July 20, 2012
DCPS Deputy Chief Wins Prestigious Curriculum Award
District of Columbia Public Schools (DCPS) Deputy Chief Academic Officer for Curriculum and Instruction Brian Pick received the Council of Great City Schools Curriculum Leadership Award last week at a meeting of 300 curriculum directors from all the major school districts across the country. The Council of Great City Schools represents the nation's largest urban public school systems.
“Brian exemplifies everything we want in a DCPS employee,” said DCPS Chancellor Kaya Henderson. “He thinks every day about what is best for our students and then he works diligently and with steadfast commitment to help our students achieve at the highest levels. It’s no wonder that the Council also saw his unyielding passion for the success of the students the District and honored him with this award. This is a great achievement for Brian and also for the entire school system.”
The Curriculum Leadership Award is awarded each year “to an outstanding member who exemplifies leadership, innovation, commitment, and professionalism in raising the academic achievement of all students in an urban school district.”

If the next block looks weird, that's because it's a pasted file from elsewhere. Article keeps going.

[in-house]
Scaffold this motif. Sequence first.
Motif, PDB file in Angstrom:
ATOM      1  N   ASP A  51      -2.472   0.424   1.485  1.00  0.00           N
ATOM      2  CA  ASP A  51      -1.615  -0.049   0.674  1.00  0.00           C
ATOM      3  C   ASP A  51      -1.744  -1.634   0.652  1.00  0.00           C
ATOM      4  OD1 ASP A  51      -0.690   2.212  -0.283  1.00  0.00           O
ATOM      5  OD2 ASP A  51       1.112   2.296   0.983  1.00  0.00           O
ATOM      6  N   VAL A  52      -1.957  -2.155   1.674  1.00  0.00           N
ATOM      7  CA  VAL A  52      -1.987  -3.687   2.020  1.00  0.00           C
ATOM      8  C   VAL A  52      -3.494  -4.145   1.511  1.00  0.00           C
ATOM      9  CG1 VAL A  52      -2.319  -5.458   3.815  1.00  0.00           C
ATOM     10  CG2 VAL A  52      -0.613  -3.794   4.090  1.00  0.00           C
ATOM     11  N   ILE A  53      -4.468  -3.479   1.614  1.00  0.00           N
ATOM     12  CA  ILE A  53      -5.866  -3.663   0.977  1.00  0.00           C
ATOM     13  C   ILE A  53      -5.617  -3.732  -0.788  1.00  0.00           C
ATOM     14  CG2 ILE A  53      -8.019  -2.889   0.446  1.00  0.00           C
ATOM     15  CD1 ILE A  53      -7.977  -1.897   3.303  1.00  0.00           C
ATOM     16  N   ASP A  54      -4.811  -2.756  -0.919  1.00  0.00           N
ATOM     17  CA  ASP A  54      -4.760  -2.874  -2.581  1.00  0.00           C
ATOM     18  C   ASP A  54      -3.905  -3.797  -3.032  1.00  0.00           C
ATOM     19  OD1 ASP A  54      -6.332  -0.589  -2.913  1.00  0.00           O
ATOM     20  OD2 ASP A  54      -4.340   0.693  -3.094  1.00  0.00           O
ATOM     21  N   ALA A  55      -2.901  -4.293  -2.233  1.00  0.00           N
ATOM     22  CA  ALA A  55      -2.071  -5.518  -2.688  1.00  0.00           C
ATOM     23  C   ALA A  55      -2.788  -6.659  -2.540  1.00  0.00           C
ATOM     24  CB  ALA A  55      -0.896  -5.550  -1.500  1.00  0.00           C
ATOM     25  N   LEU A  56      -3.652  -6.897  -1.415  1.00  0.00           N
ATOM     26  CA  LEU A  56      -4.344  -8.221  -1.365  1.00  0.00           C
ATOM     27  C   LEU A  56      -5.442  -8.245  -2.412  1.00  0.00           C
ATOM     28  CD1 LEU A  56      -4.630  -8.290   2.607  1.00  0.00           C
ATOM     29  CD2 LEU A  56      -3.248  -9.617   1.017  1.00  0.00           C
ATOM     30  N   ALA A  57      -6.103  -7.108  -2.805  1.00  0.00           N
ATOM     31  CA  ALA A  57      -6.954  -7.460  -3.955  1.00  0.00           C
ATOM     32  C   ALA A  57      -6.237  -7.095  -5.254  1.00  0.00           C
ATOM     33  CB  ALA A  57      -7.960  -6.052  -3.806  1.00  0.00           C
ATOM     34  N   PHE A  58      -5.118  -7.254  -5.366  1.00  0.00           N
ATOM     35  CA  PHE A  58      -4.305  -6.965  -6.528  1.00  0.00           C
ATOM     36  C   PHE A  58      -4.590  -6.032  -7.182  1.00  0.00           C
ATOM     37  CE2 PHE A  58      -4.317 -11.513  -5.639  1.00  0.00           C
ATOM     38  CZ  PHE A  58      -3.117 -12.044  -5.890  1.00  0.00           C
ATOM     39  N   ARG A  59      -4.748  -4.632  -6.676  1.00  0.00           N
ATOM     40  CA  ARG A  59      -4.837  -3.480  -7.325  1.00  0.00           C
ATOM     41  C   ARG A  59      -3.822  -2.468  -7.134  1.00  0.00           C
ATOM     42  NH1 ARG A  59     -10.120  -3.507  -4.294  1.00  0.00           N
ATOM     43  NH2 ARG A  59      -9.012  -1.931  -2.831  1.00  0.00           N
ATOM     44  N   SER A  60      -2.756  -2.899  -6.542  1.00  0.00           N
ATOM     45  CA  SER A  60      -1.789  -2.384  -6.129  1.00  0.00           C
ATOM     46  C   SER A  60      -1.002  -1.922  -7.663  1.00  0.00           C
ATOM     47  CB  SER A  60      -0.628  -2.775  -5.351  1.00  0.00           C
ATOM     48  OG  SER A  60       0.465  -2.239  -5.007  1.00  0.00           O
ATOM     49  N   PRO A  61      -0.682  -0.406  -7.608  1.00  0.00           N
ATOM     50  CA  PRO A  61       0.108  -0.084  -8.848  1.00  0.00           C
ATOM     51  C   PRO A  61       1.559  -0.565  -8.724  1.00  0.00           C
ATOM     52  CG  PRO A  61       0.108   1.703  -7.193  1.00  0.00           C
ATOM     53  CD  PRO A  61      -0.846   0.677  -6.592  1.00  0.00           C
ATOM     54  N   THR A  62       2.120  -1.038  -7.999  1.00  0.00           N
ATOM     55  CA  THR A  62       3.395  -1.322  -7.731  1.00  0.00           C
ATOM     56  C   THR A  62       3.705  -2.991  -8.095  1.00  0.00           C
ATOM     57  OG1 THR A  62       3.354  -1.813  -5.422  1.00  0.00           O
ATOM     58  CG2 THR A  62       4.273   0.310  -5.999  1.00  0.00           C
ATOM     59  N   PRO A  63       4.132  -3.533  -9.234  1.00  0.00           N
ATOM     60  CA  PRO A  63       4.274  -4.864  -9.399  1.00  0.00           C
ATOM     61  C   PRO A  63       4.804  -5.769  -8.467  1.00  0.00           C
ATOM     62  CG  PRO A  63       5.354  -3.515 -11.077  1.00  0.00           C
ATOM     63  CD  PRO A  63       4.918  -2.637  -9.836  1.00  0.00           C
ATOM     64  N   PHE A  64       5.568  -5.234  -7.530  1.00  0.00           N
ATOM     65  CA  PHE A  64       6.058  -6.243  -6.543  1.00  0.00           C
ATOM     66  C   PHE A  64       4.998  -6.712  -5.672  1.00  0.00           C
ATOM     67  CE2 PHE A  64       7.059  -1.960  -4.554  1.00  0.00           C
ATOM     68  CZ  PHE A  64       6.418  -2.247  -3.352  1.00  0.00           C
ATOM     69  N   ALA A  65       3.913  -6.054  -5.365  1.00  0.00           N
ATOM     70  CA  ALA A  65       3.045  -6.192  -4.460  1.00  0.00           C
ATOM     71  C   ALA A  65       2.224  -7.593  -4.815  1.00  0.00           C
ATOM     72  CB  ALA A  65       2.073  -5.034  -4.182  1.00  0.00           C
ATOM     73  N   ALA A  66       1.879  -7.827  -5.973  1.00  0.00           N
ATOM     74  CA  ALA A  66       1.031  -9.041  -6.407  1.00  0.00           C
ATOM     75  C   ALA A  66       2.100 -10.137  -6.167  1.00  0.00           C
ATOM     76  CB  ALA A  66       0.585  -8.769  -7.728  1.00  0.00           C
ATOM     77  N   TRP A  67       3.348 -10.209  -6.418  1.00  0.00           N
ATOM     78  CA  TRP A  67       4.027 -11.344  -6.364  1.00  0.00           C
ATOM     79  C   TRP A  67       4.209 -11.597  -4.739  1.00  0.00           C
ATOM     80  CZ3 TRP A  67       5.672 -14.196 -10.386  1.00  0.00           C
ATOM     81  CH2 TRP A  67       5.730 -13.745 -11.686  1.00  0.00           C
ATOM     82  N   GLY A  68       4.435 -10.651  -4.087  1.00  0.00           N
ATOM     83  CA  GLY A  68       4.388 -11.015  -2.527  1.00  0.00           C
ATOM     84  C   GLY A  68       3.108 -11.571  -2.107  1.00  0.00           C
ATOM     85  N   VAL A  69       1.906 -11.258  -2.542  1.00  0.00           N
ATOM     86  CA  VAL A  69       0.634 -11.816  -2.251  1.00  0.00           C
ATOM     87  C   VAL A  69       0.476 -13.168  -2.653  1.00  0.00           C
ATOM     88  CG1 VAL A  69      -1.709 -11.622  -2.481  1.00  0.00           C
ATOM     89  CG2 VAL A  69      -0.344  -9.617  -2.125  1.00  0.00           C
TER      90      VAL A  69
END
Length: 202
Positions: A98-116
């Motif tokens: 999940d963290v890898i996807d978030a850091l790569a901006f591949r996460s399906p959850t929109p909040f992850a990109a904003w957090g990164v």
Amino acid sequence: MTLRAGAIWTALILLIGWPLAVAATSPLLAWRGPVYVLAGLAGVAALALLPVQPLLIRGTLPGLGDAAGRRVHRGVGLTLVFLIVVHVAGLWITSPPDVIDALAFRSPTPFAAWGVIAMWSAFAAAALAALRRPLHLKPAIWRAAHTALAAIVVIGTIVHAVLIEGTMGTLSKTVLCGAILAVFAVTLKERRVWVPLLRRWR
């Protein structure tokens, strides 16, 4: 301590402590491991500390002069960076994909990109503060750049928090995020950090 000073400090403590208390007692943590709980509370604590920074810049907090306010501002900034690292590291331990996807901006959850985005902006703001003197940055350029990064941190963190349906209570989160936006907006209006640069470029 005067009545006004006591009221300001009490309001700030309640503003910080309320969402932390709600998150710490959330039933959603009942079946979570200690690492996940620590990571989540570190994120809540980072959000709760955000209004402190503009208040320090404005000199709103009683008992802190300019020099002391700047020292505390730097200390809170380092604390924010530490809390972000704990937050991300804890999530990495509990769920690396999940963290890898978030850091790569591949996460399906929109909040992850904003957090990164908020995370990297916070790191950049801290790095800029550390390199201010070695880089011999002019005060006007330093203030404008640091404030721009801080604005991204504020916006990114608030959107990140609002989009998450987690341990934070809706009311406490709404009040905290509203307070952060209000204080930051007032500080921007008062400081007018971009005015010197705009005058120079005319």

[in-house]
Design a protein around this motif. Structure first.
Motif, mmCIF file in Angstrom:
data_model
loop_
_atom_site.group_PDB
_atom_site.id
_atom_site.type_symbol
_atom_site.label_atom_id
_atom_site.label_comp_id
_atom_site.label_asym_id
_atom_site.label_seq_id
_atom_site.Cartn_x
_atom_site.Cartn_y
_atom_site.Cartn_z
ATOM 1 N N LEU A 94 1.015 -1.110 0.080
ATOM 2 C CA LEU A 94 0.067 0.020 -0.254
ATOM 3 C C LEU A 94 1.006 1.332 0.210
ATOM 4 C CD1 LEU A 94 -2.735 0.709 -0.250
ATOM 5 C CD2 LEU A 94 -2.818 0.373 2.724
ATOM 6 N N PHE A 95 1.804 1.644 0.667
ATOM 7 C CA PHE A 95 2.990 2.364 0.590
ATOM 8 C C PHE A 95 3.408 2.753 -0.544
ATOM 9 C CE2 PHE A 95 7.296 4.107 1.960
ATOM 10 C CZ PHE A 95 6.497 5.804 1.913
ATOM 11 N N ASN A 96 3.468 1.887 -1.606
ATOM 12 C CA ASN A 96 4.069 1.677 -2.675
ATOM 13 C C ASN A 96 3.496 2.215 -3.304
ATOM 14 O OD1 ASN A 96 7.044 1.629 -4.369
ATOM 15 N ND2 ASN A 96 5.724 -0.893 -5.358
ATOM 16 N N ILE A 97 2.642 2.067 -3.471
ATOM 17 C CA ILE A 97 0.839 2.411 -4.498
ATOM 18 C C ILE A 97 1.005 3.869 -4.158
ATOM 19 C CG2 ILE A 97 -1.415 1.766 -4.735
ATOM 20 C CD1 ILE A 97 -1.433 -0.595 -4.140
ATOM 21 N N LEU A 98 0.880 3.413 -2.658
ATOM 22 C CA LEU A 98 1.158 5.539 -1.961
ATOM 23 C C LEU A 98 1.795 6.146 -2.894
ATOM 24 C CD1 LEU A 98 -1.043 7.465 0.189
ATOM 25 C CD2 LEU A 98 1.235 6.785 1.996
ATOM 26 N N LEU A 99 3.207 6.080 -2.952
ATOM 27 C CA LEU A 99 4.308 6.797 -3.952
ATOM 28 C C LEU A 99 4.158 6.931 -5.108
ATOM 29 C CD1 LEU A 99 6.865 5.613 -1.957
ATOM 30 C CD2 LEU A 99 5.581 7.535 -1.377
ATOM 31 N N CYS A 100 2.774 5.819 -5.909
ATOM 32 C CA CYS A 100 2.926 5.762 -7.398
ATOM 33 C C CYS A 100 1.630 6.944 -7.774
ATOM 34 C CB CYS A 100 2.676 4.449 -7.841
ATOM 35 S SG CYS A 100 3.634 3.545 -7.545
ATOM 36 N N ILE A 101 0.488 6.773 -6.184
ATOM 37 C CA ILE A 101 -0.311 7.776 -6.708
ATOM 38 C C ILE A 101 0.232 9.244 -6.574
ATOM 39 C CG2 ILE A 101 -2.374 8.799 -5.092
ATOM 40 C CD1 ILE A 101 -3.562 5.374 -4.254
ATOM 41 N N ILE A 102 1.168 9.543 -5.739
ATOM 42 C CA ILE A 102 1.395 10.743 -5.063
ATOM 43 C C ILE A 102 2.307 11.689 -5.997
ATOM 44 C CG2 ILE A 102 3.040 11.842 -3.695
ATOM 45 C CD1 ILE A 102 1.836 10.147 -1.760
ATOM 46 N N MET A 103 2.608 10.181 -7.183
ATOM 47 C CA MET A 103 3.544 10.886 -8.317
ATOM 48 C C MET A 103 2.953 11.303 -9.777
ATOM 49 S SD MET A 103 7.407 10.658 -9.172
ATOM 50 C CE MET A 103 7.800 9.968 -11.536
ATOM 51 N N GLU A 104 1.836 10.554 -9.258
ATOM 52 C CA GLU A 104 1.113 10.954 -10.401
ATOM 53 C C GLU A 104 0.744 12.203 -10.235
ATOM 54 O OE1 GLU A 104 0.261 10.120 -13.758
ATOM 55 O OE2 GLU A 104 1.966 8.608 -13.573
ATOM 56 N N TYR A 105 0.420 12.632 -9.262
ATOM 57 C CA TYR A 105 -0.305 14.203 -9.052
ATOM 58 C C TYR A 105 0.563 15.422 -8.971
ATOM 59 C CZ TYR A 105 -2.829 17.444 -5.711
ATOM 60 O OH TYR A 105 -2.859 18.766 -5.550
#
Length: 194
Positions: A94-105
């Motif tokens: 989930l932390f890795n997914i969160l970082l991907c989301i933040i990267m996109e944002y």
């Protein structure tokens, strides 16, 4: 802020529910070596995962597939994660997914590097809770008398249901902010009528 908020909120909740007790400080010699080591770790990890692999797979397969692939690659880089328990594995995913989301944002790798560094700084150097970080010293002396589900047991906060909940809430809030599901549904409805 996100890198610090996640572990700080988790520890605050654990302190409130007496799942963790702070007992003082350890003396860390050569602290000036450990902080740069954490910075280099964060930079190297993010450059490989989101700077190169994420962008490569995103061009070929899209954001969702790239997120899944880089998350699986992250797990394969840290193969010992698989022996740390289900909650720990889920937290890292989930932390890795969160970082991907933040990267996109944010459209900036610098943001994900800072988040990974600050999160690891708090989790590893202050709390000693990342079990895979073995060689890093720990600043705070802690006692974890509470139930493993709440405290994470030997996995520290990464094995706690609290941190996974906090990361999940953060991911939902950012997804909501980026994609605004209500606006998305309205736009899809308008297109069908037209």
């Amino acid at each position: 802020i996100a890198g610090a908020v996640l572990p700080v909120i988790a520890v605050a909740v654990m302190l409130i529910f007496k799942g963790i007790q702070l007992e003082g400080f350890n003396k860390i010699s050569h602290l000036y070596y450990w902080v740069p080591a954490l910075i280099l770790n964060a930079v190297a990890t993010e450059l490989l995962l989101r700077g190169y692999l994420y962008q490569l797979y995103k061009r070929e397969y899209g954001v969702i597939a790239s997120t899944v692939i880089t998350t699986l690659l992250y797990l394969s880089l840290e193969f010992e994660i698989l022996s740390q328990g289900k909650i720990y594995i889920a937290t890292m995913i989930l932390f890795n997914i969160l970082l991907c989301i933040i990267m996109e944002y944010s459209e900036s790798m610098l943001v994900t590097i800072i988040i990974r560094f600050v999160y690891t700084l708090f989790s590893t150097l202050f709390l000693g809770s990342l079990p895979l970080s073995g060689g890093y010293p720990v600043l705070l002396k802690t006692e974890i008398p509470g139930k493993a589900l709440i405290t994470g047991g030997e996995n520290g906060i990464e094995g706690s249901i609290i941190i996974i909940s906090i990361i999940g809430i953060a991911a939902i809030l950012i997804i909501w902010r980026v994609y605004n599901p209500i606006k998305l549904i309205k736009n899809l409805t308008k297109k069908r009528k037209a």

In her letter of recommendation, Dr. Carey Wright, DCPS’ Chief Academic Officer, called Brian “a visionary leader, an instructional expert, an effective advocate, and an exceptional colleague” as well as “an emerging national leader in this work.”
Since 2008, Pick has worked in the Office of the Chief Academic Officer, where he has been at the heart of the academic reform efforts and played a key role in the development of DCPS’ Teaching and Learning Framework. Pick played a critical role in the development and implementation of the DCPS Academic Plan, which is aligned to the Common Core State Standards and includes a comprehensive early childhood curriculum; new standards for grades K-12 in English/Language Arts and Mathematics; Scope and Sequence and Unit Overviews; paced interim assessments; and additional support systems and resources for teachers.
Most recently, Pick was charged with leading a cross-functional effort to plan for the instructional shifts demanded by the Common Core and to take DCPS’ curriculum in a new direction.
“Although this remarkable body of work with the Common Core — remarkable both for its quality as well as the sheer volume of new resources — was the product of many smart people working extremely hard, Brian was at the center of it all. I am incredibly proud of him,” said Henderson.